Mimi Music

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Mimi

I saw this app featured on the iOS App Store, and because I’m always on the look out for a viable alternative to the horrible Apple Music app, I downloaded it for a trial (it was free)

The premise of Mimi Music is that you also download the Mimi Hearing Test app, and then link your results to the app, which will tweak the EQ (I guess) of your music so that it sounds clearer to your ears without increasing the volume.

It seemed like a good idea, though some might see it as a bit of a gimmick. I’ve known for a long time that I’ve lost the highest frequencies from my hearing, so I was curious to both try the hearing test and then listen to the result. What the ‘gimmick’ crowd probably don’t get is that being able to listen at a medium volume rather than turning it up loud is better for long-term listening, likely to lead to less fatigue.

You need to be in a fairly quiet environment for testing your ears. Your headphones will only be on 50% and some of the sounds are very quiet, so if you’re sitting next to a washing machine on a cycle or a television set, the test won’t work.

I ran through both the mini test (which takes a couple of minutes) and then the longer one (which takes around ten), and then gave the phone permission to link the results to the Mimi Music app. The test consists of a series of tones played at various amplitudes and you respond by touching your phone’s screen when you (think) you can hear the tone. The highest frequency tested is only 8kHz, so you’re probably not going to hear anything beyond your range unless you have severe hearing loss. In terms of music, 8kHz is an extremely high pitched whine – the highest note on a piano/piccolo is around 4kHz. The lowest tone I remember hearing was around 200Hz, but I might be wrong about that. So when you’re talking about frequencies over 4kHz, it’s the harmonic overtones you might be missing, and I guess it’s the volume of these that Mimi Music might tweak to make music sound ‘brighter’ and ‘clearer’ (the usual caveats about visual metaphors applied to sound notwithstanding).

Anyway, the results surprised me. The test gave me ‘hearing age’ of 39, about 15 better than my actual age, with my right ear at around 98% (of perfect I assume) and my left at 91%. So I’m not as badly off as I thought. Where I do have issues is in the ‘conversational range’ which is somewhere between 1-3kHz, and there’s a distinct scoop in my graph at that point, explaining why I have problems hearing people speak against background noise (a common problem).

So then you listen back to your music through the app, adjust the slider to different levels of the ‘Mimi” effect, and see what you think.

It might be a gimmick, but through headphones my music definitely sounded clearer and brighter at the same volume. The headphones I used were an AKG on-ear model, but the app does warn you that the test is optimised either for the Apple earbuds or a pair of Sennheiser ‘phones. In my view, my AKGs were probably a match for the Sennheisers in terms of frequency response.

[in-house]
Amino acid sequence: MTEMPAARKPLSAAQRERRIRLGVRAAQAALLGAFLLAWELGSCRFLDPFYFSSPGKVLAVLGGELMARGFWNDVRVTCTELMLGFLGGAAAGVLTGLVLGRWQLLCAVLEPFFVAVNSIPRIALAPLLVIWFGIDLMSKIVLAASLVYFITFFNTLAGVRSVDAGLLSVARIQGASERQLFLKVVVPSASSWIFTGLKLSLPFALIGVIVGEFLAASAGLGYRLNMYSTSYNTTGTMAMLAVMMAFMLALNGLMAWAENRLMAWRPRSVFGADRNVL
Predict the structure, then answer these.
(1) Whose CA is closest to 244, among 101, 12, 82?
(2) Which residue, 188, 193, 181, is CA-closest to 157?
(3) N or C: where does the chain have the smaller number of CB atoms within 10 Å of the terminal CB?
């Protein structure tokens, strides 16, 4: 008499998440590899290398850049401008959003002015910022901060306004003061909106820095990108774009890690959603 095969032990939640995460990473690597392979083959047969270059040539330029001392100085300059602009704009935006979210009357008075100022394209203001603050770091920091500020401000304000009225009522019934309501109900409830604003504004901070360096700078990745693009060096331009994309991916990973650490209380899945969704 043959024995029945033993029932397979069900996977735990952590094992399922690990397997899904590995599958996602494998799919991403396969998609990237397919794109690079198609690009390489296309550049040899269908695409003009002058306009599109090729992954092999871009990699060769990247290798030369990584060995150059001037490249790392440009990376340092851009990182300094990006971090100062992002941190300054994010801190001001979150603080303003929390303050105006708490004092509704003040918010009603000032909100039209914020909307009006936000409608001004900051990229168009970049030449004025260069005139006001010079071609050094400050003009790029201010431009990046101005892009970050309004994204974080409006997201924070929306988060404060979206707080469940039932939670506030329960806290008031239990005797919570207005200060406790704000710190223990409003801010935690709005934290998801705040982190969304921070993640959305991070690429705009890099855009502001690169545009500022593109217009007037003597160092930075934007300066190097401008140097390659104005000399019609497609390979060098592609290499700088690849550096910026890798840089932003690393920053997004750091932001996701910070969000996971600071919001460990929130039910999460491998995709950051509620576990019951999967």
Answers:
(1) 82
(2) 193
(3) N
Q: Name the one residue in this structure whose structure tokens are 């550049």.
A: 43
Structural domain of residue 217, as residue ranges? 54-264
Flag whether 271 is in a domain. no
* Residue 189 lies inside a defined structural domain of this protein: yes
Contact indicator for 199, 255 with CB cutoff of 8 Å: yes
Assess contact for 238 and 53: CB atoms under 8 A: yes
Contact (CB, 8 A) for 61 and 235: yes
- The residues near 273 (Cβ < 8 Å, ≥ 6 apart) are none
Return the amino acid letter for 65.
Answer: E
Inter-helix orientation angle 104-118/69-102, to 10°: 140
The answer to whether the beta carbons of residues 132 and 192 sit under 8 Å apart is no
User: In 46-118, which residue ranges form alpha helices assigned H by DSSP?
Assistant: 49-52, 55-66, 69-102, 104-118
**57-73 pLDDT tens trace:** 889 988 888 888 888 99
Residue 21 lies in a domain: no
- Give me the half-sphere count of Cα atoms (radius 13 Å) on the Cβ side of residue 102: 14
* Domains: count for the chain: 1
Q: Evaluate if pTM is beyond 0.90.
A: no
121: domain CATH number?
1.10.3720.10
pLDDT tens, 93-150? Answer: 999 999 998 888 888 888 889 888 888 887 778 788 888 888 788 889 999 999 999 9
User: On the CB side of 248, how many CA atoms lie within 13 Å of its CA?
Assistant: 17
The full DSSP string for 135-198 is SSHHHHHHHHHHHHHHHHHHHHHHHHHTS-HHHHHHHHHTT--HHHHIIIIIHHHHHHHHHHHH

But I do have a number of quibbles with the Mimi Music app.

I don’t listen to all my music through headphones – in fact, I rarely do. Through speakers (a Bluetooth one in the house, or the ones in the car), the music does sound brighter, but you can also hear the tiny distortions caused by the algorithm. It’s not a deal-breaker, but this does seem to be an app that assumes you’re wearing headphones.

My second quibble is that, over time, your ears get used to the effect (of course) so it quickly becomes the new normal. You’re not really noticing it, but other people in the house or car (listening over the same speakers), might well be irritated by it, especially if they have much younger ears.

Thirdly, and more importantly, I found that playing music back from existing playlists was problematic. The app refused to play anything until it was added to the Mimi playlist, which is odd behaviour. It also showed a ‘locked’ icon next to any tracks bought before 2009 and couldn’t play them because of the DRM. Thanks, Apple. I also found that selecting songs was just as much of a pain in Mimi as it is in Apple music – its behaviours seem just as pointlessly malicious, not to mention that the playback controls were too fucking small and hidden down at the bottom of my huge iPhone screen. There’s also a distinct lag when you start the app and press Play – so much of a lag that you think you have mis-touched, and then hit the (tiny) Play button again, and again, until the music suddenly starts, then stops immediately, then starts etc.

Finally, here’s the current dealbreaker. The app uses a lot of battery power, even when running in the background with the screen off. I was using it just last night to play during dinner because we had a guest in the house and weren’t watching telly. And by the end of the evening, my phone was down to 30%, and 71% of the daily usage was down to Mimi’s background processing.

Sure, it’s doing maths on the music as it plays it back, but so is the built-in EQ in Apple Music. And so is Marco Arment’s Overcast podccatcher, which does both voice enhancement and ‘smart speed’, which strips out lengthy silences.

So on those very rare occasions when I do go out for a day and carry headphones to listen to music, I’m not going to be able to walk around with music playing through Mimi because my phone’s battery (which usually ends the day on 40% or higher) won’t last the day.

To be fair to the Mimi people, they did contact me on Twitter and say they’re working on the battery issue. But there are around 20 of them, whereas there’s just one of Marco, so c’mon! Priorities, people.

Anyway, your mileage, as they say, may differ, but if you do suffer from some kind of hearing difficulty, give it a go.